Pencil Drawings

The years have not been kind to Buss' pencil sketches. We can see from his folio collections that he always seemed to work up a design first in pencil. Sometimes he would focus on one particular character in the picture to make sure he got the angles and the sense of movement correct.

Some examples

I love these sketches because all of them exhibit fast, confident pencil work with little need to adjust line or shape once committed to paper. This first one reminds us of the agony many sailors endured in those days, risking both life and limb, and yet finding the strength to carry on, if they were not actually killed!

This was a trial drawing for an illustration that would subsequently appear in a rollicking sea tale by Captain Maryatt.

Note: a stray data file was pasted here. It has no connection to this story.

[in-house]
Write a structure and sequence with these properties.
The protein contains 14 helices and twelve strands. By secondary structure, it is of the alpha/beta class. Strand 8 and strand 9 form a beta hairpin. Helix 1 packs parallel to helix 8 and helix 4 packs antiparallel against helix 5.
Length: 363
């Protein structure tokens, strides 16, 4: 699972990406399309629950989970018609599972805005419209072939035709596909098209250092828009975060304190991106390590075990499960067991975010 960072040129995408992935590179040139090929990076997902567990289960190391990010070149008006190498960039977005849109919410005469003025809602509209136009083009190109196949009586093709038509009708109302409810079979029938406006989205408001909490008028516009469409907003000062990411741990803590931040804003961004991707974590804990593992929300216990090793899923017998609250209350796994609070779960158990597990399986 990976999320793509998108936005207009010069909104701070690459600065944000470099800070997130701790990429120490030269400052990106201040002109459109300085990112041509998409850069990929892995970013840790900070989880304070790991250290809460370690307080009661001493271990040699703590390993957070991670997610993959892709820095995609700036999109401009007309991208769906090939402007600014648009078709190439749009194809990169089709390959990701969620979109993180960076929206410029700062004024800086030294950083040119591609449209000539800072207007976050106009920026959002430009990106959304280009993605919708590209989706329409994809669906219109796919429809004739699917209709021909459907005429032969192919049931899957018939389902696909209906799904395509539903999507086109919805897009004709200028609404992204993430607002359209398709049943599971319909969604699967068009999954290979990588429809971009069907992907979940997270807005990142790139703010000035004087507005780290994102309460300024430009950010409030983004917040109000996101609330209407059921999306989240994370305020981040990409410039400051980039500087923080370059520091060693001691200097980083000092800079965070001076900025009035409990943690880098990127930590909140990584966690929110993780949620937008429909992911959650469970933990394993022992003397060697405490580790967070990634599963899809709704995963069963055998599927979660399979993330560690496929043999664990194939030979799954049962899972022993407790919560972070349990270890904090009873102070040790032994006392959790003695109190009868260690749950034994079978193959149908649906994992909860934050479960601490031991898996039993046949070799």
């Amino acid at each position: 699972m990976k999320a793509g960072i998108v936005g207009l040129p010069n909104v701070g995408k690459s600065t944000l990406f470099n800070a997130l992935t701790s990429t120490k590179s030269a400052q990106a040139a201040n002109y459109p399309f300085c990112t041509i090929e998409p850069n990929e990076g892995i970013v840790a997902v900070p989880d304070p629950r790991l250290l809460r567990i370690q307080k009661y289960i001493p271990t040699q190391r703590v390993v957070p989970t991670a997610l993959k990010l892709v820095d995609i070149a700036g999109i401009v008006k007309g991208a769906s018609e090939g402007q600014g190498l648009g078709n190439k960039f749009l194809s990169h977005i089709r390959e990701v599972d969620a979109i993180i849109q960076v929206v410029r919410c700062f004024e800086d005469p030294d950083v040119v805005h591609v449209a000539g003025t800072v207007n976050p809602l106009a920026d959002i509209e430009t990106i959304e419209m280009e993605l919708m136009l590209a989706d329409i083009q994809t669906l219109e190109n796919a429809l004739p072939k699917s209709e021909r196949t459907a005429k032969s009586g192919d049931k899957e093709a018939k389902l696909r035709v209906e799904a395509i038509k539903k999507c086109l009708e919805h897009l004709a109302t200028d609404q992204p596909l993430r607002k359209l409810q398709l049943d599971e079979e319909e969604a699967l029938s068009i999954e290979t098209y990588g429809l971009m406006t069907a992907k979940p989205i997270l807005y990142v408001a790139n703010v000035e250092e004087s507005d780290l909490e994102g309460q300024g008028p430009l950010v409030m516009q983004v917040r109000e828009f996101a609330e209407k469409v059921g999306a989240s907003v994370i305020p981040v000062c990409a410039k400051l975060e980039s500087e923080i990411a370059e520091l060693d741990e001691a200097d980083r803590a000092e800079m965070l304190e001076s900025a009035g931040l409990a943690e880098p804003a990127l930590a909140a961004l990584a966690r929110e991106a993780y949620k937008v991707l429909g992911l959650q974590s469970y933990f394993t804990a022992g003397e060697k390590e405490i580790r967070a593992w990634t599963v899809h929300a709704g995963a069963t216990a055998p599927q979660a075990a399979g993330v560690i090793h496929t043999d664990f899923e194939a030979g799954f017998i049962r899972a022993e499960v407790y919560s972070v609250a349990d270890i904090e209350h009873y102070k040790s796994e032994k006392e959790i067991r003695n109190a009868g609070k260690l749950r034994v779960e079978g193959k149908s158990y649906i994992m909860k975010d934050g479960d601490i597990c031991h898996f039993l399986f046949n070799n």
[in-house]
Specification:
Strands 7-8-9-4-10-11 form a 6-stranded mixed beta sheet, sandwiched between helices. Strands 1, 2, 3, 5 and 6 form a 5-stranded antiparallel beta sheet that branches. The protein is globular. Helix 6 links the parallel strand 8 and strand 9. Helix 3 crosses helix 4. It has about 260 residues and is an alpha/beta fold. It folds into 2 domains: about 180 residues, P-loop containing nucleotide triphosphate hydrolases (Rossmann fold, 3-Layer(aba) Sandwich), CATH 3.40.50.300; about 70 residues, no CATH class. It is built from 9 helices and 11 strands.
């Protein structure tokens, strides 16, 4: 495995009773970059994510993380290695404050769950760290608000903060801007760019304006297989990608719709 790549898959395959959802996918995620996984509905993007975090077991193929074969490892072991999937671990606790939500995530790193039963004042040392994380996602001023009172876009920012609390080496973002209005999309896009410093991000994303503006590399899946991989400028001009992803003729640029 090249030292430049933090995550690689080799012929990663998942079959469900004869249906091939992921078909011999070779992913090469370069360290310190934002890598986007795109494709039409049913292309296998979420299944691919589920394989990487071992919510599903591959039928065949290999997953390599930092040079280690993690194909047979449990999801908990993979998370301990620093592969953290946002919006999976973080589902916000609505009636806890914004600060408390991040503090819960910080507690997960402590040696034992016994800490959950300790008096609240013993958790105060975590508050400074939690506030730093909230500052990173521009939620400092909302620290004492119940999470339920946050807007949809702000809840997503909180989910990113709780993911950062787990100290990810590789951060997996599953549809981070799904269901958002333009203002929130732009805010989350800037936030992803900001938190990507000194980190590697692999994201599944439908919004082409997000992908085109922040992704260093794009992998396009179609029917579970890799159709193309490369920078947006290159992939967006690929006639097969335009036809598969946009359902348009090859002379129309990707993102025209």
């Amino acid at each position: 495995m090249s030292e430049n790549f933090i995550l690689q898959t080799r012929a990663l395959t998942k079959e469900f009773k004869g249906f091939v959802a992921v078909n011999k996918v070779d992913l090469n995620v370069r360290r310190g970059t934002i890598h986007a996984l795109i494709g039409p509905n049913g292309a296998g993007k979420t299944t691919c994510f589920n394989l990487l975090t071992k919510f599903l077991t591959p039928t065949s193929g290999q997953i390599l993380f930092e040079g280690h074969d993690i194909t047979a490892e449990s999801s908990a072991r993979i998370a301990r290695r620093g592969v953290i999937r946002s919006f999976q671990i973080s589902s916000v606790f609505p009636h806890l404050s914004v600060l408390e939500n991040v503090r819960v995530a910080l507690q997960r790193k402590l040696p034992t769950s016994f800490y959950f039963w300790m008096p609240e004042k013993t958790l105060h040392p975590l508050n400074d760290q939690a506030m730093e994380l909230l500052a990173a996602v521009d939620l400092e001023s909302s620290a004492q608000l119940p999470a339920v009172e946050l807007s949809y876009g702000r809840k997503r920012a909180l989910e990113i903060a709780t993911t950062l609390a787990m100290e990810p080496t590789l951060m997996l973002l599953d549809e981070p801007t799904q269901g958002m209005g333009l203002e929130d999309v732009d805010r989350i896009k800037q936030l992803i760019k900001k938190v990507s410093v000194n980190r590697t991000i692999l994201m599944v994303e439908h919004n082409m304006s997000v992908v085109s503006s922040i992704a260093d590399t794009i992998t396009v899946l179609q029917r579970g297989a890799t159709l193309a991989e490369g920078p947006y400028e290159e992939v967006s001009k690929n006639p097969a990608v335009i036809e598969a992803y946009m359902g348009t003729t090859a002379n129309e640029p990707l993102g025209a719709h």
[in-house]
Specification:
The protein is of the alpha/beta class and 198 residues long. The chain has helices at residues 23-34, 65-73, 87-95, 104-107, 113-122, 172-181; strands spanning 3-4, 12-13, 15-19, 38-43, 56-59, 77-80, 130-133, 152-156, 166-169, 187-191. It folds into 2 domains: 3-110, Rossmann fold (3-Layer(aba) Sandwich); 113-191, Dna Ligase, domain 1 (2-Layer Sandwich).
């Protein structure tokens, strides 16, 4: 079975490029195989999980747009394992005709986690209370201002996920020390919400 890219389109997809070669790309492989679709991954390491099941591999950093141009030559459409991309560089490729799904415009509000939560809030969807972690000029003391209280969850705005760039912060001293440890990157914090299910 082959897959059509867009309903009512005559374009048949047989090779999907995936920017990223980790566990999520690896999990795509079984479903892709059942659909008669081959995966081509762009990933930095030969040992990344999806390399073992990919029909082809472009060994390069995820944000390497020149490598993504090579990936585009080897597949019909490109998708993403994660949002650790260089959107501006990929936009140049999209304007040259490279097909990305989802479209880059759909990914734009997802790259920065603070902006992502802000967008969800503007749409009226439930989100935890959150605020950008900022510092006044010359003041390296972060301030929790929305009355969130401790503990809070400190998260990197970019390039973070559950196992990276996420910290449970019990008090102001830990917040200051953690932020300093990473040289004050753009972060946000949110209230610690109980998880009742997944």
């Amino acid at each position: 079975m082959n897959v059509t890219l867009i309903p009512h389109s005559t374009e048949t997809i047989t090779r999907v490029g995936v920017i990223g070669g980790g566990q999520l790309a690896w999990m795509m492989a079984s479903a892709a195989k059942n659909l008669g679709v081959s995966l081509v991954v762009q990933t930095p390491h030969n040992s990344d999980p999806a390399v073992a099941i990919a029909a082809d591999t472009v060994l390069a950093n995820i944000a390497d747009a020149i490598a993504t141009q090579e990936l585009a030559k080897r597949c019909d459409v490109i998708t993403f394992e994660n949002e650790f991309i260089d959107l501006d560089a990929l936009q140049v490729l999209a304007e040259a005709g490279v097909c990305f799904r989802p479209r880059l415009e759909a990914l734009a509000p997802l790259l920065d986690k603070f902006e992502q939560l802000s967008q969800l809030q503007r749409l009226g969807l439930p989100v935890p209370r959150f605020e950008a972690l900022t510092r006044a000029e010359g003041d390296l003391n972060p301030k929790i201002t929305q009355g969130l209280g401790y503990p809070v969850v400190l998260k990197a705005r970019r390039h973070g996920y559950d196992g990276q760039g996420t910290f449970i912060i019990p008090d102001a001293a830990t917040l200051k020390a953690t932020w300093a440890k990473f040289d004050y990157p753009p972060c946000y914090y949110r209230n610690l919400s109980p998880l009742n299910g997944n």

Notice the use of a few dabs of white pastel to provide additional highlights.

Now our old sea tar has gained his seat on an empty crate. He uses tongs to hold a hot coal from the fire to light his clay pipe. He's happy!

The scene shifts, quite literally, to the stage. Here an intrepid actor rehearses his lines while a short way off, unseen in the sketch, is a lion! But it's only another actor dressed as a lion. The speed of the sketch is largely owing to the fact that the artist was sketching from life; he was there watching the actors rehearse. Whether this fellow paused for a moment for Buss to capture the pose we cannot be sure.

It's intriguing that sailor with the pipe and the gallant actor both appear to wear the same shirt! Maybe these shirts were very common in those days.